The Fatty and Not the Fat

Comfort for those who purchase their Magnums in the frozen section

Posted Sep 16, 2014

We have all heard about the literal and figurative impact the obesity epidemic has on the weight-bearing joints: early and relentless degenerative arthritis, as our knees and hips struggle against that out-of-range Body Mass Index, cartilage deteriorating along with the will power to try another diet, worsening knee pain making exercise less desirable, and less feasible.

Obesity has always been considered one of the primary risk factors for osteoarthritis, but the reasoning as to why is not as tidy as one might assume, for it does not explain why significant arthritis is also found in the hands and other joints of overweight patients--joints that do not bear weight.

But it could be that eating fat is worse for your joints than the mechanical effects of being fat.

The results of a study published recently in the “Annals of the Rheumatic Diseases” appeared to indicate that unhealthy dietary fats indeed are more important than mechanical factors, at least in mice with injured knees. These osteoarthritic mice were fed one of three high-fat diets: one rich in saturated fat, one rich in omega-6 fatty acids, and one rich in omega-6 fatty acids combined with a small amount of omega-3 fatty acids.

Omega-3 fatty acids, commonly found in fish or fish oil supplements, are often touted as “healthy fat,” given their heart-healthy and anti-inflammatory properties.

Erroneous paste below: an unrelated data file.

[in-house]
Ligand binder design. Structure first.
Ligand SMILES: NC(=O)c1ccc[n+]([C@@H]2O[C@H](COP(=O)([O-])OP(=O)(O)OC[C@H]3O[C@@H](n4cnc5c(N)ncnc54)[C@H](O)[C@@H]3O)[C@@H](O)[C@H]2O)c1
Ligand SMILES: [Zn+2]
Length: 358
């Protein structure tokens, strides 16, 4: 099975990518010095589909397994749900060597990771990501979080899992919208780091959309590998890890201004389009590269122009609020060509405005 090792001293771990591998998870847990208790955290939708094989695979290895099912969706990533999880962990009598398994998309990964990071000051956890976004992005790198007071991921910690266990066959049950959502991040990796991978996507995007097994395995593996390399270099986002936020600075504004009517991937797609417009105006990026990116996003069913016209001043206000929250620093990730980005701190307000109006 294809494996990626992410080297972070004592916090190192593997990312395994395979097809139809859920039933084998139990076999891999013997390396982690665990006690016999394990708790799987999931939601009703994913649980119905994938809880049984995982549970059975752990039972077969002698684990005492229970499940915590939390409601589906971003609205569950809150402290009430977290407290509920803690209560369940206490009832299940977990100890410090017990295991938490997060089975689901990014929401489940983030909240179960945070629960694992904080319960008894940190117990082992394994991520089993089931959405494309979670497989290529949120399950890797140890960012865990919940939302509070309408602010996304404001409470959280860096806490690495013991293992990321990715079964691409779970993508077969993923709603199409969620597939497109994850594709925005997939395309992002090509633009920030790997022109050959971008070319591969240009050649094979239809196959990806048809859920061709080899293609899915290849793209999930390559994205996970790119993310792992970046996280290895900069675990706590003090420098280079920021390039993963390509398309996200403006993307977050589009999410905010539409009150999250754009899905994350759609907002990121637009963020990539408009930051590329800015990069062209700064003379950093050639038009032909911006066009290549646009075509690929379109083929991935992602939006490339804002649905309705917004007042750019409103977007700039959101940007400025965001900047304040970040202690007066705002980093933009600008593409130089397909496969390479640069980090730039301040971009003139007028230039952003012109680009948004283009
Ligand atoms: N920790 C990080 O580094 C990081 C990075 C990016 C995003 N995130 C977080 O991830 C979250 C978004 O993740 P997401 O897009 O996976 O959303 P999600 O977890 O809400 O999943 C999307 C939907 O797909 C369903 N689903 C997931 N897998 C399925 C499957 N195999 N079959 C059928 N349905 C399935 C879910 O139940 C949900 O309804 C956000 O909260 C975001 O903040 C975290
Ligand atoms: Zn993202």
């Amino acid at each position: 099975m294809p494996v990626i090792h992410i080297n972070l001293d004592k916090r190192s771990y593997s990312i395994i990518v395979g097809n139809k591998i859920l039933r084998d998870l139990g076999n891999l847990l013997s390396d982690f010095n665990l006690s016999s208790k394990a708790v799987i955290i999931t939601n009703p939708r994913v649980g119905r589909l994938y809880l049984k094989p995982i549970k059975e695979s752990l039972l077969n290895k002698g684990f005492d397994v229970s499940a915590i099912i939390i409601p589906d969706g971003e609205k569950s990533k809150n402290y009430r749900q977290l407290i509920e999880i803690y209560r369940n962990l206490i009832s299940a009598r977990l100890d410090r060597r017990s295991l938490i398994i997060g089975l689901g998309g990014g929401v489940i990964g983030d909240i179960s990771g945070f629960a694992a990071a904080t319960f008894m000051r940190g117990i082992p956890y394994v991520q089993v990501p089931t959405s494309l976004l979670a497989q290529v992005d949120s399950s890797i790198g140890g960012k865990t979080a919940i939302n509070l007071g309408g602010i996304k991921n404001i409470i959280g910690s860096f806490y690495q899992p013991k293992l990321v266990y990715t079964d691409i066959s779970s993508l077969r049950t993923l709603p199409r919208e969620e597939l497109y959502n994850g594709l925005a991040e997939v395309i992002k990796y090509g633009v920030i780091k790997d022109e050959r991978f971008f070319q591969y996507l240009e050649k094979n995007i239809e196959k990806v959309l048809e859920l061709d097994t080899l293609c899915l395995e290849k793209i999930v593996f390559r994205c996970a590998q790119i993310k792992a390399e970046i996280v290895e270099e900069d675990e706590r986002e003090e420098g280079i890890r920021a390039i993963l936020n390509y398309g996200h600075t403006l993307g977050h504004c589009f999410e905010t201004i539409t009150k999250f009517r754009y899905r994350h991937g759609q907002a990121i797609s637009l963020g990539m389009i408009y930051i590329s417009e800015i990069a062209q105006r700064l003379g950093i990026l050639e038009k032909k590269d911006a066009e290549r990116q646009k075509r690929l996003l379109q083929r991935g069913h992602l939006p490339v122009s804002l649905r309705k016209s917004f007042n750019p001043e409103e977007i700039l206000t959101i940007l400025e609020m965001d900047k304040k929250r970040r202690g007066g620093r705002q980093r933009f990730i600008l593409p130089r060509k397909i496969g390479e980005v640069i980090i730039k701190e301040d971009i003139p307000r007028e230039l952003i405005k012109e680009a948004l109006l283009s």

Maybe there is something behind all that omega-3 fatty acid publicity—as the mice that ate the diets high in saturated fat or omega-6 fatty acids experienced a worsening of arthritis, whereas the mice that were exposed to even that small supplement of omega-3 fatty acids had healthier joints. Further, arthritis was found to be significantly associated with the diets of the mice, but not with body weight. Omega-3 fatty acids appear to slow the progression of arthritis, negating to some extent the detrimental effects of obesity.

The article’s senior author suggests that a healthy diet would include equal ratios of the omega-3 fatty acids and the other not-so-good fats. Unfortunately, most Americans eat significantly more saturated fat and omega-6 fatty acids than omega-3 fatty acids.

We don’t have to give up the things we like, we just have to eat a little more of the things that are good for us. End-stage arthritis is not inevitable.

Comfort for those who purchase their Magnums in the frozen section rather than that quiet aisle in CVS!

I’m thinking Chocolate Infinity with a fish oil capsule chaser.

More Posts